Sunghwan Kim | Thu, 10/22/2015 - 18:53
It seems that somebody posted questions to this page, but somehow they disappeared (probably due to some technical issues?). I’m re-positing the questions with my answers. >>>> (1) How do you access a molecule's fingerprint from PubChem? I can do similarity searches, but I cannot find specific molecular fingerprints. You can find it from a 2-D structure file downloaded from the molecule’s summary page. Visit this page (for CID2244, aspirin) and click the download button on the top-left corner. You will see several download options from the menu. Click the “Display” button for the SDF file format under “2D Structure” section. It will display relevant data on the web browser. The fingerprint appear under the PUBCHEM_CACTVS_SUBKEYS section. > "PUBCHEM_CACTVS_SUBSKEYS" ! The brakets have been changed to the quotes to avoid conflicts w/ html. AAADccBwOAAAAAAAAAAAAAAAAAAAAAAAAAAwAAAAAAAAAAABAAAAGgAACAAADASAmAAyDoAABgCIAiDSCAACCAAkIAAIiAEGCMgMJzaENRqCe2Cl4BEIuYeIyCCOAAAAAAAIAAAAAAAAABAAAAAAAAAAAA Note that the fingerprint in the file is converted into a base-64 integer, meaning that you will need to convert it to a binary format, as explained the PubChem fingerprint description file (<a href="ftp://ftp.ncbi.nlm.nih.gov/pubchem/specifications/pubchem_fingerprints.txt">ftp://ftp.ncbi.nlm.nih.gov/pubchem/specifications/pubchem_fingerprints.txt</a>). ==== Beginning of excerpt from the file ==== When exporting fingerprint information in the SD file format, the SD tag for the PubChem Substructure Fingerprint property is "PUBCHEM_CACTVS_SUBGRAPHKEYS". The PubChem Substructure Fingerprint is Base64 encoded to provide a textual representation of the binary data. For a description of the Base64 encoding and decoding algorithm specification, go to: <a href="http://www.faqs.org/rfcs/rfc3548.html">http://www.faqs.org/rfcs/rfc3548.html</a> ==== End of excerpt from the file ==== You can download these data in different file formats, from individual compound summary pages or from the download facility (<a href="https://pubchem.ncbi.nlm.nih.gov/pc_fetch/pc_fetch.cgi">https://pubchem.ncbi.nlm.nih.gov/pc_fetch/pc_fetch.cgi</a>). You can download them from the PubChem FTP site (<a href="ftp://ftp.ncbi.nlm.nih.gov/pubchem">ftp://ftp.ncbi.nlm.nih.gov/pubchem</a>). It is also possible to get them programmatically. For example, you can use a PUG-REST request like: <a href="https://pubchem.ncbi.nlm.nih.gov/rest/pug/compound/cid/2244/record/SDF/?record_type=2d&amp;response_type=display">https://pubchem.ncbi.nlm.nih.gov/rest/pug/compound/cid/2244/record/SDF/?record_type=2d&amp;response_type=display</a> More detailed information on PUG-REST can be found in this paper (<a href="http://nar.oxfordjournals.org/content/43/W1/W605.long">http://nar.oxfordjournals.org/content/43/W1/W605.long</a>). Please see Figure 2 of this paper to get some idea about how to formulate PUG-REST requests programmatically. >>>> (2) Is it possible to identify functional groups for algorithmically created chemical identifiers by transforming them to molecular fingerprints (and analyzing the fingerprints instead of going through mol files)? It is not clear what you are asking exactly, but my guess is that you are asking whether you can figure out if a compound has a particular functional group, by checking the compound’s fingerprint. In theory, it is possible, if your fingerprint definition includes a fragment corresponding to the functional group of interest. However, in practice, you can do the same thing simply by searching the database using a SMARTS string as a query.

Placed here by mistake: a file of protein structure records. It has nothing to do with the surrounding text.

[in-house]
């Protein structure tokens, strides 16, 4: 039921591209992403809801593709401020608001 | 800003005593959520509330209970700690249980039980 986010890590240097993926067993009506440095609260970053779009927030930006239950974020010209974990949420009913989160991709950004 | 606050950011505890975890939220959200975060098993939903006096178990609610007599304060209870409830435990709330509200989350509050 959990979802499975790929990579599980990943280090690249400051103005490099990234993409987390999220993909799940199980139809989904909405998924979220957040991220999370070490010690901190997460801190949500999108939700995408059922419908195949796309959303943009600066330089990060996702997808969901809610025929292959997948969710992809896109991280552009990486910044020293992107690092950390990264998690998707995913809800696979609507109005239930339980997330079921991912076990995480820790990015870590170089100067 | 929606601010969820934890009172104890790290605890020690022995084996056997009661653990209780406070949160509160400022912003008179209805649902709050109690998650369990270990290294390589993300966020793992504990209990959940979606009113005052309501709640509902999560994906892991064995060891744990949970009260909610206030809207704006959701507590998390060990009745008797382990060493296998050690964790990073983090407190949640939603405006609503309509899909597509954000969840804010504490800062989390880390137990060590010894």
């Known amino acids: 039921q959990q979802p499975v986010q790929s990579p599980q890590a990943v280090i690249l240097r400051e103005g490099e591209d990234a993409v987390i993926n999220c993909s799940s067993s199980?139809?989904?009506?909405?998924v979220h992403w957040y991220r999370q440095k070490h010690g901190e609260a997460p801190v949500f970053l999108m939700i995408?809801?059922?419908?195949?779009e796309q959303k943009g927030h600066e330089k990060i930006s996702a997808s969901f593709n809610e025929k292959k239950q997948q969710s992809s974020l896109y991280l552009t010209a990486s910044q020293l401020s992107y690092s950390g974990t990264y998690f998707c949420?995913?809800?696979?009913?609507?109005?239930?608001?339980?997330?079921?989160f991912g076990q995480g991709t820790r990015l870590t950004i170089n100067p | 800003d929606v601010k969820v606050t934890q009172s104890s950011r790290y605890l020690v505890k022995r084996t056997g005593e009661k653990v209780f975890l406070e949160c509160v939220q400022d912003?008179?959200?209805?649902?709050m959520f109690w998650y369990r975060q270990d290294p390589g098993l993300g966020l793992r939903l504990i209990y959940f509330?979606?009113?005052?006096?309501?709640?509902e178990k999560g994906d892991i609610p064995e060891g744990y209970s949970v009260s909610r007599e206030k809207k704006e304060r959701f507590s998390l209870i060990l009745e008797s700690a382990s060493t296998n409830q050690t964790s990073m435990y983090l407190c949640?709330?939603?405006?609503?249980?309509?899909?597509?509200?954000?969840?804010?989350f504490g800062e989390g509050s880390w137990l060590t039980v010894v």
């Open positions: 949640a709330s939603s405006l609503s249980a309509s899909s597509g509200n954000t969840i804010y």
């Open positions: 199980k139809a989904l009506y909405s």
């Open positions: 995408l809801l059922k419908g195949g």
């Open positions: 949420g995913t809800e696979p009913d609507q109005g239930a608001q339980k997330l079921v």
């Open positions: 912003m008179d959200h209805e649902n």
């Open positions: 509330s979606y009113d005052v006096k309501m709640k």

Robert Belford's picture
Robert Belford | Thu, 10/22/2015 - 19:37
Let me followup on this student's question. One of the suggested projects was to figure how to determine the functional groups within a molecule from it's InChI. My understanding is that the InChI canonicalization algorithm does not use functional groups, and that is not directly possible, but that an InChI could be converted to a mol file, or some other format, and that could be done. This lead to the question of could a finger print be used to identify functional groups, and if so, could you make a fingerprint out of any form of a chemical identifier (InChi, SMILES,....), and know the functional groups? Instead of using a Tanimoto coefficient to use the fingerprint to determine similarity, could you simply have a yes/no answer, and how many? Could you make some sort of comparison matrix, where you compare the identifier to a series of fake molecules,where each fake molecule represent specific functional groups? If you get a 1, it is there, if you get a zero, it is not. (I am not clear on how you count them). Cheers, Bob